I was bored, so I made this.
Basic introduction to the Mandelbrot set and what this image represents follows.
As you may know from that Jonathan Coulton song, the Mandelbrot set is the set of points c in the complex plane for which the repeated application of z ← z² + c doesn’t diverge to infinity, where z is initially the origin of the complex plane.
This may not be very clear to the average person (I don’t even know if they teach complex numbers to most people), so let’s bring in some illustrations.
This is the number line, which you’re probably familiar with. It represents ℝ, so every real number has a place on this line.
The complex plane is just a two-dimensional extension of this, and it represents ℂ. The x-axis is the real component of the complex number, and the y-axis is the imaginary component. Every complex number has a point on this plane. We’ve marked the point with the real component 3, and the imaginary component 2. The shorthand notation for this number is 3 + 2i, i being the square root of -1.
The history of and need for complex numbers isn’t particularly relevant here, and the mathematical operations on complex numbers will be plain to anyone familiar with vector calculus (and for those who aren’t, the naive approach works just fine: (a + bi) + (c + di) = (a + b) + (b + d)i, and (a + bi) * (c + di) = ac + adi + bci + bdi² = ac + (ad + bc)i + bd(-1) = (ac – bd) + (ad + bc)i).
To see if a complex number is part of the Mandelbrot set, what we do is take the origin of the complex plane, the complex number 0 + 0i, square that, and add our initial complex number to it. Then, we take this new number, square it, and add our original number to it again. And then we do that again an infinite number of times. If we’re left with an infinite number at the end of this, our number is not in the Mandelbrot set.
Infinite iterations are pretty heavy on our CPU, though, so fortunately we can apparently also just do twenty iterations, and if the magnitude of our vector in the complex plane (that is, the distance from our point to the origin) is greater than 2, we know it will never return to the origin, but instead move out to infinity. If we program this in Python (which is a decent choice of language, because complex numbers are primitives in Python), this test looks something like this:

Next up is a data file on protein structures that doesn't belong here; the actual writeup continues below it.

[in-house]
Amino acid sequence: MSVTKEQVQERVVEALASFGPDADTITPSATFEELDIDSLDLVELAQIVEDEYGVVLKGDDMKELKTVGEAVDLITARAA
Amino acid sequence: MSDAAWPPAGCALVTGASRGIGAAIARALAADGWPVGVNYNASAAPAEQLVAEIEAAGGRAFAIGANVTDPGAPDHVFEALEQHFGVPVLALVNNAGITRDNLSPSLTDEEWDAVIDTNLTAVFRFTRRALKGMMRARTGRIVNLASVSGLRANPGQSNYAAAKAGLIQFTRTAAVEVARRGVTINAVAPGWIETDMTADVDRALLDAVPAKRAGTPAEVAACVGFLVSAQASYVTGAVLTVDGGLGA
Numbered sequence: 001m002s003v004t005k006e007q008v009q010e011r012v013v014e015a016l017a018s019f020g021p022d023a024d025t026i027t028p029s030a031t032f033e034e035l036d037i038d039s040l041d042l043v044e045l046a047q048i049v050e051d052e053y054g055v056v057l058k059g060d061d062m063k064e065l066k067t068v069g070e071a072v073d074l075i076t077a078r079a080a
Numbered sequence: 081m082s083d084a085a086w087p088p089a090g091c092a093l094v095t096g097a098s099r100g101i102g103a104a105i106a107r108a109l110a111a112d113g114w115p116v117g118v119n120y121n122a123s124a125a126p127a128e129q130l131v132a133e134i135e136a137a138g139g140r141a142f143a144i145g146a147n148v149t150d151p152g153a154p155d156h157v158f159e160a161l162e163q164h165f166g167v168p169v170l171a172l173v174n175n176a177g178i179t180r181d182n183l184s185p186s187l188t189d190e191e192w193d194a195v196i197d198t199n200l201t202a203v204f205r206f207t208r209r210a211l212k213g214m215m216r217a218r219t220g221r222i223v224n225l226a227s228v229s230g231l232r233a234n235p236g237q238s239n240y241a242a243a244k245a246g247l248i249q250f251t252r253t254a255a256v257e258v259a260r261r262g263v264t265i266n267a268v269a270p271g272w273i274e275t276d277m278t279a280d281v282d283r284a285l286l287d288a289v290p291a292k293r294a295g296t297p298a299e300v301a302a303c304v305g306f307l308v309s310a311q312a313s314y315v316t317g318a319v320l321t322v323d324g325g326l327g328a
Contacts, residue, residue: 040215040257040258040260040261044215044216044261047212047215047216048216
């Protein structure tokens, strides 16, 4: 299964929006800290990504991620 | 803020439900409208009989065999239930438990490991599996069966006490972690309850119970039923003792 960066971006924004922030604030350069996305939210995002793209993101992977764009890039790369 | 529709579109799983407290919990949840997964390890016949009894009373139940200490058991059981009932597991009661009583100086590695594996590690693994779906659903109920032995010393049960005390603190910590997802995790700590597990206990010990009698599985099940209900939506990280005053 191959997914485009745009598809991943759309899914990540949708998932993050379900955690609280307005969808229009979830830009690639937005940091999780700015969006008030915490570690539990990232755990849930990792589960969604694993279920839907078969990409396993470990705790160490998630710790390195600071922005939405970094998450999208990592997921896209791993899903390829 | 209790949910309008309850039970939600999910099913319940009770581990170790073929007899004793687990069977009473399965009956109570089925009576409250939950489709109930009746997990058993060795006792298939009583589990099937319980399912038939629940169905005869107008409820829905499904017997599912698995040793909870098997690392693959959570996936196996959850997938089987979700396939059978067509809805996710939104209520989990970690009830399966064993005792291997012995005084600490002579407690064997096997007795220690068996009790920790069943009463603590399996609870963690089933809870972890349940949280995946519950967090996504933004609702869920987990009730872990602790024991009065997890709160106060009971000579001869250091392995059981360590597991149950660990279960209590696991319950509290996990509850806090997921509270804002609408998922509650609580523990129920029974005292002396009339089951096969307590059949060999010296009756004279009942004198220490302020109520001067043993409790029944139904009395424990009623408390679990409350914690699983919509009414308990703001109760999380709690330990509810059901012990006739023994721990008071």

> def mandelbrot(c): > z = complex(0, 0) > > for i in range(20): > z = z * z + c > > return abs(z) < 2
abs doesn’t have its usual meaning when applied to complex numbers, but calculates the magnitude instead; if your language doesn’t support complex numbers, there will be slightly more code, but you can derive the length of that vector through a simple application of the Pythagorean theorem.)
We can represent the Mandelbrot set graphically by treating our canvas as the complex plane, and marking points inside the set in one color, and points outside another. The complex numbers, like the reals, aren’t enumerable, so each of our pixels will represent an infinite number of complex numbers, but that’s the price we pay for not having infinite-resolution screens.
The whole point of the Mandelbrot set is its fractal self-similarity (see right; that one’s from Wikipedia), of course, so that if you zoom in endlessly you’ll forever be running into bits that look like the whole set, so if you’re actually going to write this yourself (as everyone must at some point), it’d probably be good idea to build in some sort of zoom function.
Obviously just marking points based on whether they’re inside the set or not is only going to produce a monochrome image, so why do we (and most images of the set) have more colors? The answer is that the shades of grey represent how quickly z goes beyond the cut-off point. If
abs(z) is greater than 2 after only one iteration, it will be colored lighter than if it takes the full twenty iterations. This leaves us with the nicely (if not continuously) shaded image below:
mandelbrot function then just becomes:
> def mandelbrot(c): > z = complex(0, 0) > > for i in range(20): > z = z * z + c > if abs(c) > 2: > return i > > return 20
And the color is just the RGB tuple
(a, a, a), where
a = 255 - mandelbrot(c) * 255 / 20.
To make the animated GIF, though, what I did was vary the number of iterations, so instead of iterating twenty times in the worst case, it just went once to generate the first frame of the GIF, then twice for the second, &c. This generated successively more accurate approximations of the set, until we finally get to the actual set at twenty. The color formula is the same, except instead of dividing by 20, I divided by the maximum number of iterations.
(And actually I went all the way up to forty, to make the shaded areas not actually in the set lighter.)
The code, in C rather than Python, is here, for the curious. C99 has native support for complex numbers, but I prefer C89 for various reasons, so my code is a bit more complex. Hah.
Exercise for those playing at home: write a similar thing for a class of Julia sets; instead of squaring z, square c, and let z‘s initial value be something other than 0 + 0i. You may also want to increase the number of iterations, to get lighter colors, or come up with a better way of assigning colors altogether.
For good values for z, try -0.8 + 0.156i for a pretty one, or 0.285 + 0.01i for the one below.